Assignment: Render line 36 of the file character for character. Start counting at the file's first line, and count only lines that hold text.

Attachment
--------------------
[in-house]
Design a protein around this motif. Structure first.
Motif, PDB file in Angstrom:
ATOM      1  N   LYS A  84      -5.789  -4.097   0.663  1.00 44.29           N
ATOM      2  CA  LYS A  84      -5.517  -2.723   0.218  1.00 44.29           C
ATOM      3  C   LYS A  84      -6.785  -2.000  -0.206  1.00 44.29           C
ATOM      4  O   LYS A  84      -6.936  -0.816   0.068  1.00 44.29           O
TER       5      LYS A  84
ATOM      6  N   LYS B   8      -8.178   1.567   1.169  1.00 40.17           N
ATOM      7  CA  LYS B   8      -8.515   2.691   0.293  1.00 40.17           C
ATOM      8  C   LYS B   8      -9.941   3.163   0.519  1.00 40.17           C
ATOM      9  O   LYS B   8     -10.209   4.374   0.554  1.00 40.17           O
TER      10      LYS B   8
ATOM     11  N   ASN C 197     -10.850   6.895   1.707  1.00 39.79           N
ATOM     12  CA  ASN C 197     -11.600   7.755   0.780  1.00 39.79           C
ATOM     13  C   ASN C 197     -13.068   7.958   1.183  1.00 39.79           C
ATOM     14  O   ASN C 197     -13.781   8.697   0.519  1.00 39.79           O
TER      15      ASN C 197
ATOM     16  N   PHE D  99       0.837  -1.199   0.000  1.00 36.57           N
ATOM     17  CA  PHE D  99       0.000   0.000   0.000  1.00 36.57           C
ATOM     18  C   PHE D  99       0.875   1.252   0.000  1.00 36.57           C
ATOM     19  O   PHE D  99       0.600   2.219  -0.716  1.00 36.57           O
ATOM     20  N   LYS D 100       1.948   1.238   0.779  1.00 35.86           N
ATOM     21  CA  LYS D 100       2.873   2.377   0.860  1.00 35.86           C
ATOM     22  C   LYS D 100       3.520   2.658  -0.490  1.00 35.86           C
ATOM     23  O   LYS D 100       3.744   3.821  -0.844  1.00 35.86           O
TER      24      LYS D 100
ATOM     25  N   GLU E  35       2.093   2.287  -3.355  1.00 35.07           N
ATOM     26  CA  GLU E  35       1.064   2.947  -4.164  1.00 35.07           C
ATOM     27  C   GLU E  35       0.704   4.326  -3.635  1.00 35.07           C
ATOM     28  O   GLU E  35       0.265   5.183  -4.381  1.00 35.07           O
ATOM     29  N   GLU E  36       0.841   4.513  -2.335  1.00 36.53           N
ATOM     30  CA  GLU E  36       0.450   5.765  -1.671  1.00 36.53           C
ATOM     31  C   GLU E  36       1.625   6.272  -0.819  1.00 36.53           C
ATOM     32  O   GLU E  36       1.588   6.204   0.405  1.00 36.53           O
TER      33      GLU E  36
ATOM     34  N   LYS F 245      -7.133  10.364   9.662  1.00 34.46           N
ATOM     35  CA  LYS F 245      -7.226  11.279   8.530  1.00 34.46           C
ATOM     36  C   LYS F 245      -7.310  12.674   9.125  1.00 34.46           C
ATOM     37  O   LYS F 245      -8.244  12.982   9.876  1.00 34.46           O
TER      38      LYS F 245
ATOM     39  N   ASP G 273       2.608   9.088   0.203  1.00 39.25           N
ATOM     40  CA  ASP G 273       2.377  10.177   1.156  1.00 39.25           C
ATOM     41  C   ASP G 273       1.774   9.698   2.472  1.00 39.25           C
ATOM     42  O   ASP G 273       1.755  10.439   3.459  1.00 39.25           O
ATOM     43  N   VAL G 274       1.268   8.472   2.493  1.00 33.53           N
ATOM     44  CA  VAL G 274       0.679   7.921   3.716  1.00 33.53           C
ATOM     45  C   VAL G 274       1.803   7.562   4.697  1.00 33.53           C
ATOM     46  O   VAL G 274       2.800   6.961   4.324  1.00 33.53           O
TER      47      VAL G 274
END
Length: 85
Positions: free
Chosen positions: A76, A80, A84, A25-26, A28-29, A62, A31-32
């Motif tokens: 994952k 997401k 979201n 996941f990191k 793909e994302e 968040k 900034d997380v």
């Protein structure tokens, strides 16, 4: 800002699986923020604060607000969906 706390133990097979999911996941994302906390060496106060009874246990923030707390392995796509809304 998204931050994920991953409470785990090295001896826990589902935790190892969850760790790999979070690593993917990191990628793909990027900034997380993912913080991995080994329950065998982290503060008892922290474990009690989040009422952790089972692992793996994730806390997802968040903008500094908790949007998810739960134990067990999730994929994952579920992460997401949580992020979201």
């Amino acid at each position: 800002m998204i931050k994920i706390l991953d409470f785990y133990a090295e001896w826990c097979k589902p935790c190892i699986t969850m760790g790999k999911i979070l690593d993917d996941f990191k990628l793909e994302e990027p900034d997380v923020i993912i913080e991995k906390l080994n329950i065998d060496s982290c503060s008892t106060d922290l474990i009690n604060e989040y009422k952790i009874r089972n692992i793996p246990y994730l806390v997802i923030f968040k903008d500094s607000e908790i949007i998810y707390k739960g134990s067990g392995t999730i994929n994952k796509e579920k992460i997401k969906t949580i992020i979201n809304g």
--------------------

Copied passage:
TER      33      GLU E  36